Prospectus Draft

Freeing Fellini: Cinematic Self-Discovery in La Dolce Vita and 8 ½


The opening images of Federico Fellini’s most well-known films, La Dolce Vita (1960) and 8 ½ (1963), demonstrate events that are seemingly polar opposites of one another: a helicopter chopping freely through the sky as it carries a statue of Jesus over Rome; a man trapped and suffocated in his car during a traffic jam. In juxtaposing these two openers, Fellini already establishes a thematically connected spectrum in these films: of creative freedom and entrapment. In illustrating the thematic connections between these images within their own respective narratives, I aim to study the development of Fellini as a filmmaker concerned with his own artistic capability to translate his conscious and unconscious thoughts through cinema.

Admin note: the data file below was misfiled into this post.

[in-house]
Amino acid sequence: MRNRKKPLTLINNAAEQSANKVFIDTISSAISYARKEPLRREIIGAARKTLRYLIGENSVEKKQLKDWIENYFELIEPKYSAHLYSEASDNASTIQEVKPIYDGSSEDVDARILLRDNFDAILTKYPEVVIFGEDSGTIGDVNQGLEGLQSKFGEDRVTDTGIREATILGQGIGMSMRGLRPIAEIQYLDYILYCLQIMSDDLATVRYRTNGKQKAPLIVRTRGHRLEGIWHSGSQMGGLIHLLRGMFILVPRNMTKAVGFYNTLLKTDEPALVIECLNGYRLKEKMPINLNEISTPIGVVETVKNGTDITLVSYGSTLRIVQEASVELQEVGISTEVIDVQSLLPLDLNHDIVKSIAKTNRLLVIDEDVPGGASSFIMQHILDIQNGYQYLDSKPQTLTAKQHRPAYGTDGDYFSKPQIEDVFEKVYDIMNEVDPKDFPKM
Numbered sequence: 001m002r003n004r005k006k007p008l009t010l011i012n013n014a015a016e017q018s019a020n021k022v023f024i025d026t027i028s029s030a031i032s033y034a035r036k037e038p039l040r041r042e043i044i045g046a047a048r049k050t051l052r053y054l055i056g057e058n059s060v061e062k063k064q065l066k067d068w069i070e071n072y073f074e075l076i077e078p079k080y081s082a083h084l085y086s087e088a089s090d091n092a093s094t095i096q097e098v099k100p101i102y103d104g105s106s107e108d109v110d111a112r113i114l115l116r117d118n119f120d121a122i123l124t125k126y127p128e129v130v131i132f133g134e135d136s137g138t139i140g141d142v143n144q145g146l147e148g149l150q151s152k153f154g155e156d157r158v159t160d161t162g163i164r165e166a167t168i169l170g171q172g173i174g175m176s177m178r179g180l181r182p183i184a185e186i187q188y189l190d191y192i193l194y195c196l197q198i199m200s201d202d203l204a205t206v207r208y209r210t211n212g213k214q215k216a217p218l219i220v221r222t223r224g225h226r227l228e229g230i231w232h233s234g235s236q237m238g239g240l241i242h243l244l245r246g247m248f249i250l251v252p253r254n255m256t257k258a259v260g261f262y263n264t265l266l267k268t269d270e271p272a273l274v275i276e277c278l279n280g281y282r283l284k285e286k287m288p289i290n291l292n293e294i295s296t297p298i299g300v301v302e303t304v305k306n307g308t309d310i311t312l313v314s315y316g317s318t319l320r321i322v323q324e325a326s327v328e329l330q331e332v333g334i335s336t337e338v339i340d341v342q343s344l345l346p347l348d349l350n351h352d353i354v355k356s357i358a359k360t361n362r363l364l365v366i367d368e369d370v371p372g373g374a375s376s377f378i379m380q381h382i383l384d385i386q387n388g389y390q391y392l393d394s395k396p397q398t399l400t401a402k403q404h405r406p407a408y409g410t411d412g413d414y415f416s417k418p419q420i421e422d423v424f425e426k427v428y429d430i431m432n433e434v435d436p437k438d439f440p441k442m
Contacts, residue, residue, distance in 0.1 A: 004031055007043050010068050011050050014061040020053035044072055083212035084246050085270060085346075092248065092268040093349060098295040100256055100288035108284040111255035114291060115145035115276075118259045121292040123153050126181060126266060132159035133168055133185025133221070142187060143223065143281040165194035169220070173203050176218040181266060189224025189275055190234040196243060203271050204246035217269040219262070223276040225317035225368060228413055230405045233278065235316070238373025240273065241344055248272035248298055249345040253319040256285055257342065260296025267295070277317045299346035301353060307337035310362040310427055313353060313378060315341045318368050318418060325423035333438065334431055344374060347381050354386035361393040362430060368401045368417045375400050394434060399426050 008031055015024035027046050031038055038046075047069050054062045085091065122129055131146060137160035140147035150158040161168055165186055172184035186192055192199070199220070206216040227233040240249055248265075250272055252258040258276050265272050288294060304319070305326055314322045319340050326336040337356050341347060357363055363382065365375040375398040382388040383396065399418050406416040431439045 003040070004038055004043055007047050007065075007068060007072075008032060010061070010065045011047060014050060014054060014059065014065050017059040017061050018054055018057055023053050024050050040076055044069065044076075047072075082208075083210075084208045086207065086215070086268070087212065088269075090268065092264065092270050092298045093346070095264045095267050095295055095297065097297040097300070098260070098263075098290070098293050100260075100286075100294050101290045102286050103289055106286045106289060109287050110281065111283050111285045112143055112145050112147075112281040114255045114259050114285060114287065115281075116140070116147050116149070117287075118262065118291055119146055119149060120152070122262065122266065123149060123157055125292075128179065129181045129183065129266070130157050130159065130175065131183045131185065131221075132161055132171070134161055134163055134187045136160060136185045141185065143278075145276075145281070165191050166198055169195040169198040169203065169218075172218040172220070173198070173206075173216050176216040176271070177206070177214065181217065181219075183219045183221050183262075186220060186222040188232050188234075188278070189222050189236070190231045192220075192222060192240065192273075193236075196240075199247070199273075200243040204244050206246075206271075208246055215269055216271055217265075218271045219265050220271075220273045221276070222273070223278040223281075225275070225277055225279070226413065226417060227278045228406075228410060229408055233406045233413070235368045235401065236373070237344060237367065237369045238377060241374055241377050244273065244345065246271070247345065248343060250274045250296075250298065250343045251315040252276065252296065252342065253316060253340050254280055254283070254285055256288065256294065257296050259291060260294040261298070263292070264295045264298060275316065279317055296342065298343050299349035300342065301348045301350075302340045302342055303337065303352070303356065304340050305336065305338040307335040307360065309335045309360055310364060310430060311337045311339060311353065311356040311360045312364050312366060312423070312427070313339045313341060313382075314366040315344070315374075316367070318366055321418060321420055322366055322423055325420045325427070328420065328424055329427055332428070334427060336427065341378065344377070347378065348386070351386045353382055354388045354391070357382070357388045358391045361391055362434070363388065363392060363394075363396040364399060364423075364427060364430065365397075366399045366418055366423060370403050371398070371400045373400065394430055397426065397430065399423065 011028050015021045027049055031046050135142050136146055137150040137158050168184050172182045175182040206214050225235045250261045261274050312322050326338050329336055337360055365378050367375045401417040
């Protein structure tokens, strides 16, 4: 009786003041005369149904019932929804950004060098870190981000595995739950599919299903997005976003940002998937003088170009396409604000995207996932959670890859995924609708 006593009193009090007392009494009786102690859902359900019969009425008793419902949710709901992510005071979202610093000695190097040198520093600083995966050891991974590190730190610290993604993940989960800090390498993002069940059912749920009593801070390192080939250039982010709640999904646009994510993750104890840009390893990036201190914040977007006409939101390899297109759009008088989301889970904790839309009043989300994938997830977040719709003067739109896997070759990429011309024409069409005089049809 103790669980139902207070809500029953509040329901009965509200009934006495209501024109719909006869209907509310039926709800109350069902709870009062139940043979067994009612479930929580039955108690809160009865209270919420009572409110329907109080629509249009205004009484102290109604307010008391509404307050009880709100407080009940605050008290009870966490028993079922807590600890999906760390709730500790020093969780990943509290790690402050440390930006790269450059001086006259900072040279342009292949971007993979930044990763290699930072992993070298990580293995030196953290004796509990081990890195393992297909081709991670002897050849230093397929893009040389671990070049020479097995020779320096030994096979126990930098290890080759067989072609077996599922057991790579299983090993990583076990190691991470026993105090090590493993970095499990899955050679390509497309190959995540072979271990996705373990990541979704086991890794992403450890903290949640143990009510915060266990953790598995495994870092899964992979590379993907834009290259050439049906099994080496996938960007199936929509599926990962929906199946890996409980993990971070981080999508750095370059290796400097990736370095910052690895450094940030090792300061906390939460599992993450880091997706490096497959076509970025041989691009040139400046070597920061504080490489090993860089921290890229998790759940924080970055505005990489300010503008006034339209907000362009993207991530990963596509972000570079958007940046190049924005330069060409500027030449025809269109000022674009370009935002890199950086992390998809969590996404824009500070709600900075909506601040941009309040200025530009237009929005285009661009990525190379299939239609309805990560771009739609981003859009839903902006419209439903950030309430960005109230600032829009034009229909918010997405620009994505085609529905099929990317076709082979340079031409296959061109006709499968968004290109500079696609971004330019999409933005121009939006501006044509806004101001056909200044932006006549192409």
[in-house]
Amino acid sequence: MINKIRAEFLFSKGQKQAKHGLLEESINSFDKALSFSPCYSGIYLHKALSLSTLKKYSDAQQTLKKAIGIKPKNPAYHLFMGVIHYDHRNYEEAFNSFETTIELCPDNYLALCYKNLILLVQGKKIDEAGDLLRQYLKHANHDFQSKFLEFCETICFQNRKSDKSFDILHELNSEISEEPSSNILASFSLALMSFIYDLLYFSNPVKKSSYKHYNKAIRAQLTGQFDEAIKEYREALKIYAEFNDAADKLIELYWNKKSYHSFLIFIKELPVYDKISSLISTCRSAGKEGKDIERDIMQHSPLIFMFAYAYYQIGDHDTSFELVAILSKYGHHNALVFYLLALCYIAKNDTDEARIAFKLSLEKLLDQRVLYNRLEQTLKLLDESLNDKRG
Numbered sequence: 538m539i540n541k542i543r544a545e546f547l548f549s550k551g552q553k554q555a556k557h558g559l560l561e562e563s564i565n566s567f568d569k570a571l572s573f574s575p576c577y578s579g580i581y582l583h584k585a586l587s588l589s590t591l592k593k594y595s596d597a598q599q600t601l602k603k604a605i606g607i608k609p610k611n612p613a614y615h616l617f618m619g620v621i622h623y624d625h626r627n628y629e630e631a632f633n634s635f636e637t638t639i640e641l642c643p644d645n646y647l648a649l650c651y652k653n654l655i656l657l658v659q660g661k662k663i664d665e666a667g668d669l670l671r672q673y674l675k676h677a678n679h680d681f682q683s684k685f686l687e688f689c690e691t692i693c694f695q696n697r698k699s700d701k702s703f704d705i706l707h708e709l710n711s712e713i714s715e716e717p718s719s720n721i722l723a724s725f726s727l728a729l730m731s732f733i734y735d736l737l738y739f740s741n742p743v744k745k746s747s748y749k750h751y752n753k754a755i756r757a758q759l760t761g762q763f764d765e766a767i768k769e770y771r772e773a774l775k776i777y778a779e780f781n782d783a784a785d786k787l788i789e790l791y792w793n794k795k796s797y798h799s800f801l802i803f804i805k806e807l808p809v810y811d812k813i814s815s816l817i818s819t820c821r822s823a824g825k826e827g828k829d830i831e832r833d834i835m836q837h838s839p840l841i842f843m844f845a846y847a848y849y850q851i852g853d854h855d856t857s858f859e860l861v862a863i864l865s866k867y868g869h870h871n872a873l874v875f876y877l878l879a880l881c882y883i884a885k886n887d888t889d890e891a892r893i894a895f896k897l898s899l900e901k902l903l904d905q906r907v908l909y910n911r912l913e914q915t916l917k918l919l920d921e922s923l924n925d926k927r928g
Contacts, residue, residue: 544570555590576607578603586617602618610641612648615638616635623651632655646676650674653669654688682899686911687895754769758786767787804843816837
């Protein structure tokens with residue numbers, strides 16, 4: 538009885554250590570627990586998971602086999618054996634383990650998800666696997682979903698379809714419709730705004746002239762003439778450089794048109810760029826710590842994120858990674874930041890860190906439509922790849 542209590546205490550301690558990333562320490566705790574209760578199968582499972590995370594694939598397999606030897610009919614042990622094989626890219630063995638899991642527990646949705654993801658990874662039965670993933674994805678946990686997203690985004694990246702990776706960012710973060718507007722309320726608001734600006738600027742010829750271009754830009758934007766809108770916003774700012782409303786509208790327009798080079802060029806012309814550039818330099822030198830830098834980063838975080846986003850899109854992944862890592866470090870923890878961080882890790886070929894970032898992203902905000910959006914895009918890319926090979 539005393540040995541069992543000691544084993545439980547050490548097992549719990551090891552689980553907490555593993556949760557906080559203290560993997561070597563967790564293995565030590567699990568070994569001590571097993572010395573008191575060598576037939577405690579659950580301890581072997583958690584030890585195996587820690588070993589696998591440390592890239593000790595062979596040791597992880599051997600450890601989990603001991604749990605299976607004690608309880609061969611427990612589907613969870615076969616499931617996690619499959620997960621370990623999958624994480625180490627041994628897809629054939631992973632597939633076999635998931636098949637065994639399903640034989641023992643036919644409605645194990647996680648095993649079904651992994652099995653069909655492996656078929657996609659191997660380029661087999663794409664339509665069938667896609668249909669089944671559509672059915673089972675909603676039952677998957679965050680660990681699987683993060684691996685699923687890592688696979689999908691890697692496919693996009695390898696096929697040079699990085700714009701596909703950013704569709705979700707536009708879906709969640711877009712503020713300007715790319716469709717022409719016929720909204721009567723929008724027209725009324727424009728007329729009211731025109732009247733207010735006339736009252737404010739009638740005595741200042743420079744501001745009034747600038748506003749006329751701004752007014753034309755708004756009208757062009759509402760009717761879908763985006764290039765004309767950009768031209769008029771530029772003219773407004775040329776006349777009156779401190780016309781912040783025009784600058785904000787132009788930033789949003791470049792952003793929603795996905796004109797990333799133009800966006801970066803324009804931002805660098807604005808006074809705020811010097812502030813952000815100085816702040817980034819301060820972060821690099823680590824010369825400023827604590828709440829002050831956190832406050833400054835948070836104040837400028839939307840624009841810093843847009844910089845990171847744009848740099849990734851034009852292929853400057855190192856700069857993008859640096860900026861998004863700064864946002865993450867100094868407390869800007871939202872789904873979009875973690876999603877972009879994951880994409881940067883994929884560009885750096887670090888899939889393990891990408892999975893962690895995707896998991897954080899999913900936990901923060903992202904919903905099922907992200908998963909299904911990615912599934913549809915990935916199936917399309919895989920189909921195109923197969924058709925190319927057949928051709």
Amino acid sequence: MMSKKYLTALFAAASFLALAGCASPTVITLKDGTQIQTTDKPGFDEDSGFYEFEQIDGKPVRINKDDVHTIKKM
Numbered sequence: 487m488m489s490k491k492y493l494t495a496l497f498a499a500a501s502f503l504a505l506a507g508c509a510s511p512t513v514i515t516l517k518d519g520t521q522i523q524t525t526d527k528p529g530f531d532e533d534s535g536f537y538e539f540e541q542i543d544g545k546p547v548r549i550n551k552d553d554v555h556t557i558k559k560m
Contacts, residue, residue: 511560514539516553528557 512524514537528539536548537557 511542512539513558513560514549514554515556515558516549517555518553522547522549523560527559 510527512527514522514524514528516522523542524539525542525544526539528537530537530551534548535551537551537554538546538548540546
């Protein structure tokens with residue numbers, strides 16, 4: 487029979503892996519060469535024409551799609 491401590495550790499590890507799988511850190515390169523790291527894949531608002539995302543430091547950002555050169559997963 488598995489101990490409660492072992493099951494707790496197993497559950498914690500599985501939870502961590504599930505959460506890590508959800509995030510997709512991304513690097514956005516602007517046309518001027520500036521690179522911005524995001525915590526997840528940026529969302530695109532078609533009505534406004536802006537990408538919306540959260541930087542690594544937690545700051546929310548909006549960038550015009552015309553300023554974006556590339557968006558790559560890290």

By the end, La Dolce Vita‘s illusion of creative freedom is deconstructed, whereas in 8 ½, that freedom finds a way to manifest itself when the artist finally identifies his internal struggle. Though narratively unrelated to each other, the dream-like, meandering structure of Marcello’s experiences in Vita, combined with 8 ½‘s Guido as an autobiographical extension of Fellini (as a director facing a creative block) form a thematically linked duology in examining Fellini as an introspective artist attempting to not only uncover the meanings of his own thoughts through his dreams and experiences, but to express them by using the cinematic image as a tool of communication between him, the spectator,  and the unconscious mind.